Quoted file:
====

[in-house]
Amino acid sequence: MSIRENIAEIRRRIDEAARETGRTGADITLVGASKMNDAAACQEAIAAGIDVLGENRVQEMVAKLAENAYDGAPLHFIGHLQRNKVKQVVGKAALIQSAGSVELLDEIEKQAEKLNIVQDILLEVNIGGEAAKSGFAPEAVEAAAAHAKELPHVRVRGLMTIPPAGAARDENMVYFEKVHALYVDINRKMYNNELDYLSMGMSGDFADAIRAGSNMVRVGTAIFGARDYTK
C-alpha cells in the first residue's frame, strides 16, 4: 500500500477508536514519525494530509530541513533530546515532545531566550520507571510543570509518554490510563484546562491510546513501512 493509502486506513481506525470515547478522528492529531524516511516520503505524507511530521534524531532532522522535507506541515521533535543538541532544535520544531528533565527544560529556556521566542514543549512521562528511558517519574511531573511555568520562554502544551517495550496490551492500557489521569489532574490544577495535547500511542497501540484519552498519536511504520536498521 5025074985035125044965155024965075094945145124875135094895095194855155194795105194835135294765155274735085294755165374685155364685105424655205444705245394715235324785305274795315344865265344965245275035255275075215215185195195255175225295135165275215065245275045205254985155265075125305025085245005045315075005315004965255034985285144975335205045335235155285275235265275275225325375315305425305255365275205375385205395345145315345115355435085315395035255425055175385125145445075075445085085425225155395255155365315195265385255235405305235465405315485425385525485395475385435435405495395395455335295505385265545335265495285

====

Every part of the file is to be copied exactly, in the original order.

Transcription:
[in-house]
Amino acid sequence: MSIRENIAEIRRRIDEAARETGRTGADITLVGASKMNDAAACQEAIAAGIDVLGENRVQEMVAKLAENAYDGAPLHFIGHLQRNKVKQVVGKAALIQSAGSVELLDEIEKQAEKLNIVQDILLEVNIGGEAAKSGFAPEAVEAAAAHAKELPHVRVRGLMTIPPAGAARDENMVYFEKVHALYVDINRKMYNNELDYLSMGMSGDFADAIRAGSNMVRVGTAIFGARDYTK
C-alpha cells in the first residue's frame, strides 16, 4: 500500500477508536514519525494530509530541513533530546515532545531566550520507571510543570509518554490510563484546562491510546513501512 493509502486506513481506525470515547478522528492529531524516511516520503505524507511530521534524531532532522522535507506541515521533535543538541532544535520544531528533565527544560529556556521566542514543549512521562528511558517519574511531573511555568520562554502544551517495550496490551492500557489521569489532574490544577495535547500511542497501540484519552498519536511504520536498521 5025074985035125044965155024965075094945145124875135094895095194855155194795105194835135294765155274735085294755165374685155364685105424655205444705245394715235324785305274795315344865265344965245275035255275075215215185195195255175225295135165275215065245275045205254985155265075125305025085245005045315075005315004965255034985285144975335205045335235155285275235265275275225325375315305425305255365275205375385205395345145315345115355435085315395035255425055175385125145445075075445085085425225155395255155365315195265385255235405305235465405315485425385525485395475385435435405495395395455335295505385265545335265495285